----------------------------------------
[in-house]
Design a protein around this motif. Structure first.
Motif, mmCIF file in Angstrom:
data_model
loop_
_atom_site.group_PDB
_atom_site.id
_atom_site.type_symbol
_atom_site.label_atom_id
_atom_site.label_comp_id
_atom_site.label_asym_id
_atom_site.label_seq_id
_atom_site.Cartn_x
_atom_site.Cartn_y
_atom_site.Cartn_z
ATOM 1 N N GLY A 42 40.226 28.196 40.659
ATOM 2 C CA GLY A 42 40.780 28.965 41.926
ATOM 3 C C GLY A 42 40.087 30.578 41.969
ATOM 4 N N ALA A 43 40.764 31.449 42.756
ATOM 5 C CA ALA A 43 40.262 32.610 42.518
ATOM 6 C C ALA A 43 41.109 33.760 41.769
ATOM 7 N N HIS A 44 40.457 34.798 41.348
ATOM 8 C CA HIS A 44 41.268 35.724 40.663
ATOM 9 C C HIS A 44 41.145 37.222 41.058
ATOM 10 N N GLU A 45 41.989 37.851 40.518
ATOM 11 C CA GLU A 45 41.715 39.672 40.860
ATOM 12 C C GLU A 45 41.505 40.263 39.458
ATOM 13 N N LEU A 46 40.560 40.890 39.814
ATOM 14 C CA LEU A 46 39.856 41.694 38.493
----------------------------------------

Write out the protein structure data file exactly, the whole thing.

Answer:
[in-house]
Design a protein around this motif. Structure first.
Motif, mmCIF file in Angstrom:
data_model
loop_
_atom_site.group_PDB
_atom_site.id
_atom_site.type_symbol
_atom_site.label_atom_id
_atom_site.label_comp_id
_atom_site.label_asym_id
_atom_site.label_seq_id
_atom_site.Cartn_x
_atom_site.Cartn_y
_atom_site.Cartn_z
ATOM 1 N N GLY A 42 40.226 28.196 40.659
ATOM 2 C CA GLY A 42 40.780 28.965 41.926
ATOM 3 C C GLY A 42 40.087 30.578 41.969
ATOM 4 N N ALA A 43 40.764 31.449 42.756
ATOM 5 C CA ALA A 43 40.262 32.610 42.518
ATOM 6 C C ALA A 43 41.109 33.760 41.769
ATOM 7 N N HIS A 44 40.457 34.798 41.348
ATOM 8 C CA HIS A 44 41.268 35.724 40.663
ATOM 9 C C HIS A 44 41.145 37.222 41.058
ATOM 10 N N GLU A 45 41.989 37.851 40.518
ATOM 11 C CA GLU A 45 41.715 39.672 40.860
ATOM 12 C C GLU A 45 41.505 40.263 39.458
ATOM 13 N N LEU A 46 40.560 40.890 39.814
ATOM 14 C CA LEU A 46 39.856 41.694 38.493